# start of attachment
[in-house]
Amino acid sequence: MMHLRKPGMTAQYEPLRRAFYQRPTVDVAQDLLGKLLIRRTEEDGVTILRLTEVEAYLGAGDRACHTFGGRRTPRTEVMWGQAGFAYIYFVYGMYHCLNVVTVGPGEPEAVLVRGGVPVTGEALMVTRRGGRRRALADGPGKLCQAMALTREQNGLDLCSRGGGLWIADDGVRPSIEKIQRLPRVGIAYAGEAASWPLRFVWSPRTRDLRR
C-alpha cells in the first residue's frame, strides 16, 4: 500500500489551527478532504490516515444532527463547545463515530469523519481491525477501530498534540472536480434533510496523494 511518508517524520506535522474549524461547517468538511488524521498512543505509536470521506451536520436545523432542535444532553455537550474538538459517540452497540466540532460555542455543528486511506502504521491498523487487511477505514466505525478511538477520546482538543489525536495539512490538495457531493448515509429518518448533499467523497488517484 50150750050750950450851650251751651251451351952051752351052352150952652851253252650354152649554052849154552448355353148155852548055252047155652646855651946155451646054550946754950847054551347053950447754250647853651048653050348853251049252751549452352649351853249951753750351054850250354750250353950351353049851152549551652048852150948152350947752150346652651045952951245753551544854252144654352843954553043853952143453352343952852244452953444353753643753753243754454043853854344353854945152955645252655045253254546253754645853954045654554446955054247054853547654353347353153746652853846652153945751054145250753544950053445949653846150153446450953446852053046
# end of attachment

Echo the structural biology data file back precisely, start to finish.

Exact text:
[in-house]
Amino acid sequence: MMHLRKPGMTAQYEPLRRAFYQRPTVDVAQDLLGKLLIRRTEEDGVTILRLTEVEAYLGAGDRACHTFGGRRTPRTEVMWGQAGFAYIYFVYGMYHCLNVVTVGPGEPEAVLVRGGVPVTGEALMVTRRGGRRRALADGPGKLCQAMALTREQNGLDLCSRGGGLWIADDGVRPSIEKIQRLPRVGIAYAGEAASWPLRFVWSPRTRDLRR
C-alpha cells in the first residue's frame, strides 16, 4: 500500500489551527478532504490516515444532527463547545463515530469523519481491525477501530498534540472536480434533510496523494 511518508517524520506535522474549524461547517468538511488524521498512543505509536470521506451536520436545523432542535444532553455537550474538538459517540452497540466540532460555542455543528486511506502504521491498523487487511477505514466505525478511538477520546482538543489525536495539512490538495457531493448515509429518518448533499467523497488517484 50150750050750950450851650251751651251451351952051752351052352150952652851253252650354152649554052849154552448355353148155852548055252047155652646855651946155451646054550946754950847054551347053950447754250647853651048653050348853251049252751549452352649351853249951753750351054850250354750250353950351353049851152549551652048852150948152350947752150346652651045952951245753551544854252144654352843954553043853952143453352343952852244452953444353753643753753243754454043853854344353854945152955645252655045253254546253754645853954045654554446955054247054853547654353347353153746652853846652153945751054145250753544950053445949653846150153446450953446852053046